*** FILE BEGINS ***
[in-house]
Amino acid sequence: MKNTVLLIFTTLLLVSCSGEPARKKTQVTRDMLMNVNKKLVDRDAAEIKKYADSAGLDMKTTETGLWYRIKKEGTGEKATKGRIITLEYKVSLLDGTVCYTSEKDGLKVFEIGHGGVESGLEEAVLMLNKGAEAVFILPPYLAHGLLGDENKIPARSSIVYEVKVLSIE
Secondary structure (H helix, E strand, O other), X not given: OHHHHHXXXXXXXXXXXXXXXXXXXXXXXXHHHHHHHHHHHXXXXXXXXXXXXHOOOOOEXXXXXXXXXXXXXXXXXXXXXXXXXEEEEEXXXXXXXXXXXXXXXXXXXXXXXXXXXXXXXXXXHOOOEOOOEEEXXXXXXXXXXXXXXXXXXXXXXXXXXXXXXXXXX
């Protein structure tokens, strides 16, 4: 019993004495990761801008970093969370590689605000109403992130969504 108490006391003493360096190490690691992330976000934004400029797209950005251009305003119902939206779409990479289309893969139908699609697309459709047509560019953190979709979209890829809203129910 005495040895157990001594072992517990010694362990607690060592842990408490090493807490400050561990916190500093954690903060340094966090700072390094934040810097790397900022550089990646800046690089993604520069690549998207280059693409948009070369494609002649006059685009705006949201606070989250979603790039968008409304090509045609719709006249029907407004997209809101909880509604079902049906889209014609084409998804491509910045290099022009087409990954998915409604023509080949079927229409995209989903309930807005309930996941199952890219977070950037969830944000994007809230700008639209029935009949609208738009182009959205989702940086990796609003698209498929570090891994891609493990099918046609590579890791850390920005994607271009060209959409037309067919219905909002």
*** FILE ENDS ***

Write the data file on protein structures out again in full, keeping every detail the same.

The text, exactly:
[in-house]
Amino acid sequence: MKNTVLLIFTTLLLVSCSGEPARKKTQVTRDMLMNVNKKLVDRDAAEIKKYADSAGLDMKTTETGLWYRIKKEGTGEKATKGRIITLEYKVSLLDGTVCYTSEKDGLKVFEIGHGGVESGLEEAVLMLNKGAEAVFILPPYLAHGLLGDENKIPARSSIVYEVKVLSIE
Secondary structure (H helix, E strand, O other), X not given: OHHHHHXXXXXXXXXXXXXXXXXXXXXXXXHHHHHHHHHHHXXXXXXXXXXXXHOOOOOEXXXXXXXXXXXXXXXXXXXXXXXXXEEEEEXXXXXXXXXXXXXXXXXXXXXXXXXXXXXXXXXXHOOOEOOOEEEXXXXXXXXXXXXXXXXXXXXXXXXXXXXXXXXXX
């Protein structure tokens, strides 16, 4: 019993004495990761801008970093969370590689605000109403992130969504 108490006391003493360096190490690691992330976000934004400029797209950005251009305003119902939206779409990479289309893969139908699609697309459709047509560019953190979709979209890829809203129910 005495040895157990001594072992517990010694362990607690060592842990408490090493807490400050561990916190500093954690903060340094966090700072390094934040810097790397900022550089990646800046690089993604520069690549998207280059693409948009070369494609002649006059685009705006949201606070989250979603790039968008409304090509045609719709006249029907407004997209809101909880509604079902049906889209014609084409998804491509910045290099022009087409990954998915409604023509080949079927229409995209989903309930807005309930996941199952890219977070950037969830944000994007809230700008639209029935009949609208738009182009959205989702940086990796609003698209498929570090891994891609493990099918046609590579890791850390920005994607271009060209959409037309067919219905909002």